Posted: 06/13/2011

 

The Big Boodle

(1957)

by Jef Burnham



Now available on on-demand DVD from the MGM Limited Edition Collection.


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The Big Boodle, from director Richard Wilson (The Man with the Gun), stars Errol Flynn (The Adventures of Robin Hood) as Ned Sherwood, an American croupier in Cuba who is unwittingly drawn into an elaborate counterfeiting conspiracy after 500 pesos in counterfeit bills are passed off at his blackjack table by a beautiful woman (Rossana Rory (L’Eclisse)). With the Havana police watching his every move, Ned hurtles headlong into Cuba’s underworld in a desperate attempt to track down the forgers and prove his innocence.

What starts out as a gripping “wrong man” scenario in The Big Boodle unfortunately quickly loses its momentum as Ned begins to piece together the tedious explanation of those events that found him falsely accused of counterfeiting. You get the sense that it took everything screenwriter Jo Eisinger had just to make sense of the elaborate back story of the novel form which the film is adapted. Still, given that Eisinger had previously penned Night and the City and adapted Gilda, I had expected much, much more from The Big Boodle.

Something that is interesting in The Big Boodle, however, is that, because the film was shot on location in Havana, Cuba, it opens with a special thanks to the Cuban government. That’s something you don’t see every day in an American film.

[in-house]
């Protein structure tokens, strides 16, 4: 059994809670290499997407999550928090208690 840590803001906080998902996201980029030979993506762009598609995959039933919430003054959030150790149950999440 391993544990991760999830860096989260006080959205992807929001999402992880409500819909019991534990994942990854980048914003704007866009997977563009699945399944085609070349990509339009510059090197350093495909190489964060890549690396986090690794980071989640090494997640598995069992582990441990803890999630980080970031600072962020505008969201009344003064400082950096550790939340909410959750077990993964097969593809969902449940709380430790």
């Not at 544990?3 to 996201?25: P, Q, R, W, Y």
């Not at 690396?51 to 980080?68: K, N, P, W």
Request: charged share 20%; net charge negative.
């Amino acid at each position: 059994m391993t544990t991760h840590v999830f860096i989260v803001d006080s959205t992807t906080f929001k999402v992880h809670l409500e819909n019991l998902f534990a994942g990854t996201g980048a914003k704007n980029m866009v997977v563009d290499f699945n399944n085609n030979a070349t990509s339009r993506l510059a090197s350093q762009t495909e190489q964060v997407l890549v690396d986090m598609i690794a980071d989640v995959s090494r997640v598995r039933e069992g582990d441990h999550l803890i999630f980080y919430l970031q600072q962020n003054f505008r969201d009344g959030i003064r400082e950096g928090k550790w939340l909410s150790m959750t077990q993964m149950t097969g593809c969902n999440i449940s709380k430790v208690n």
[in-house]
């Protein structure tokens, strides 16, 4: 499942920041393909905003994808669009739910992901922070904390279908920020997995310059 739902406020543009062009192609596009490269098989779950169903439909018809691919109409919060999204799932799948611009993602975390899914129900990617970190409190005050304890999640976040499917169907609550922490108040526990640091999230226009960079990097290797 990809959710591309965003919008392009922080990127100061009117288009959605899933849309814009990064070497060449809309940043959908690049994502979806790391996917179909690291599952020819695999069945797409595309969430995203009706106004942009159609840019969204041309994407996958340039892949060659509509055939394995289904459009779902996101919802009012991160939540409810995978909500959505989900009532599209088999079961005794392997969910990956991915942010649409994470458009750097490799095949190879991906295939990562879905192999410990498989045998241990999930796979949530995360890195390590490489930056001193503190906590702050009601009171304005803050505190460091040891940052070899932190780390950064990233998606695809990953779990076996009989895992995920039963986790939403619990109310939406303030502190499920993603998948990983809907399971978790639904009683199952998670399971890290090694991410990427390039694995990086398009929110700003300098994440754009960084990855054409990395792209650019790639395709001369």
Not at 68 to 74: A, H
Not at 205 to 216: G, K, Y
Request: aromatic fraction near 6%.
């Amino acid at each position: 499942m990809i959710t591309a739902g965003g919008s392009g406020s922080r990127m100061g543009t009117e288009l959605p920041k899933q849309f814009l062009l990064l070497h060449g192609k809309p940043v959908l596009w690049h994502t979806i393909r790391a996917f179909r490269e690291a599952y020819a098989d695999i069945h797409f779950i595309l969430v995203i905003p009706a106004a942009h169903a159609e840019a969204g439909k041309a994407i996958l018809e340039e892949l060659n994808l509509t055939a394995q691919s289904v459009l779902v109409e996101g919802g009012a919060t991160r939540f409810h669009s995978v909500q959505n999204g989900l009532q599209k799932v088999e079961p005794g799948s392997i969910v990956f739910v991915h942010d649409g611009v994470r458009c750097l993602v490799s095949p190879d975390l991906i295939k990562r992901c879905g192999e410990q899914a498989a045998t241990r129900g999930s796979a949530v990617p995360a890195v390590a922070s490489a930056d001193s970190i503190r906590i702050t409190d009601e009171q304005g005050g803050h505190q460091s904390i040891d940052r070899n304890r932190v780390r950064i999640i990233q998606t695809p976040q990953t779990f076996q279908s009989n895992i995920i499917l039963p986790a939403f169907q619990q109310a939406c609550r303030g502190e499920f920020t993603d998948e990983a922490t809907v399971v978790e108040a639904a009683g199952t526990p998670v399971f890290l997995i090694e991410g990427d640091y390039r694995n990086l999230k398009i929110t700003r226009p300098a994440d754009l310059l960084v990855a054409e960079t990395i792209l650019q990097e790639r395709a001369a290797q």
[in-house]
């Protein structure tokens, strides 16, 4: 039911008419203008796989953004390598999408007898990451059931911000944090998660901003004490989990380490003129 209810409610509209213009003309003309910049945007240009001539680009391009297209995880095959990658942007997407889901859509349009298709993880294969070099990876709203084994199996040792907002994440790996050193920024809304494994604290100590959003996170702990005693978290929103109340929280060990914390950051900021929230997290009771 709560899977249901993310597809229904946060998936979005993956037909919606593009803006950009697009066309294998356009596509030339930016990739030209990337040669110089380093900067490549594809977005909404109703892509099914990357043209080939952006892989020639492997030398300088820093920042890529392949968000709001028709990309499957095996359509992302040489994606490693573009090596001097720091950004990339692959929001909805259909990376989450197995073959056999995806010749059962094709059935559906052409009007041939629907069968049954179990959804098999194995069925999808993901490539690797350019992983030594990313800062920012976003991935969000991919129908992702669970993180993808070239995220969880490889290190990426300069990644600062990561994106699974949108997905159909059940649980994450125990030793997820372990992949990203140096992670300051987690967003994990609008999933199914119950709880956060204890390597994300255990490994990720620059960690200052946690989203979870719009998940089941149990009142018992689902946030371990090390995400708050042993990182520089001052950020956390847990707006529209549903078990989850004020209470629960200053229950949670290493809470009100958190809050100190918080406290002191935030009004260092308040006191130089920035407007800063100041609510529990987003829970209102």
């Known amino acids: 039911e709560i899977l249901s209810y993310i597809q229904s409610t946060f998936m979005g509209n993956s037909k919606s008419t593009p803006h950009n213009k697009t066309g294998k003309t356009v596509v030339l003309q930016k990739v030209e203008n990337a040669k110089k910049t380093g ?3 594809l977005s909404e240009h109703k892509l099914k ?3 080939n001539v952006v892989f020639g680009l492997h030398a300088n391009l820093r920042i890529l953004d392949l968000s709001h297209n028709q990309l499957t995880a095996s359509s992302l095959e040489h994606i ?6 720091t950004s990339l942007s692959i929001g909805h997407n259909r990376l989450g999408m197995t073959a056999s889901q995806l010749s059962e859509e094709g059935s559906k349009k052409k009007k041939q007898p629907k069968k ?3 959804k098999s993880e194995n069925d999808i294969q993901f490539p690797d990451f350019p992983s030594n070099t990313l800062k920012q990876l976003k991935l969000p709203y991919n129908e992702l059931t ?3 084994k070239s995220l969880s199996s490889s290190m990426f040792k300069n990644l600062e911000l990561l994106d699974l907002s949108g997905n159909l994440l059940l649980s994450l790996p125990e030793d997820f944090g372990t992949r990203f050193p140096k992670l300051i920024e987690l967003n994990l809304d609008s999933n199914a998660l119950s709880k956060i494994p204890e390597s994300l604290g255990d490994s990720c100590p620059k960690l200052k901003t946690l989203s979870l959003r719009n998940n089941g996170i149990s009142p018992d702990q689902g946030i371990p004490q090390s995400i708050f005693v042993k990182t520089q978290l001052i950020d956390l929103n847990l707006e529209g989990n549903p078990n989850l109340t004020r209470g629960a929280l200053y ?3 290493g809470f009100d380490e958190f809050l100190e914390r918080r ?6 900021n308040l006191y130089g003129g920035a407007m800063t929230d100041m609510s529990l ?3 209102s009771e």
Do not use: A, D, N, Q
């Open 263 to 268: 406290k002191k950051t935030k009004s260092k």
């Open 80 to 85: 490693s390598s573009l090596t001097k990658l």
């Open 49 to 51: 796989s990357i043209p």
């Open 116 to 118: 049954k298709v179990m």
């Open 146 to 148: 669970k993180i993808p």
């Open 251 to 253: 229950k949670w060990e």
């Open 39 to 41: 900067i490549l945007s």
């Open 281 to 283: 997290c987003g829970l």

As for the quality of the release itself, one is encouraged by a disclaimer preceding each film in the Limited Edition Collection to consider, before making any judgments, that what you are about to view on this DVD-R format disc was produced from the highest quality sources available. With that in mind, I have to say that in my experience with the Limited Edition Collection, this disclaimer is hardly ever necessary. Here, however, I’m afraid it is. The print used here is decidedly mixed in quality, varying from pristine to downright ragged, and the sound quality is incredibly poor at times. Of course, with regard to the sound, it seems to me that the problems stem not from the age of the material or flaws in MGM’s transfer, but from poor recording and mixing at the film’s production level.

Jef Burnham is a writer and educator living in Chicago, Illinois. While waging war on mankind from a glass booth in the parking lot of a grocery store, Jef managed to earn a degree in Film & Video from Columbia College Chicago, and is now the Editor-in-Chief of FilmMonthly.com.



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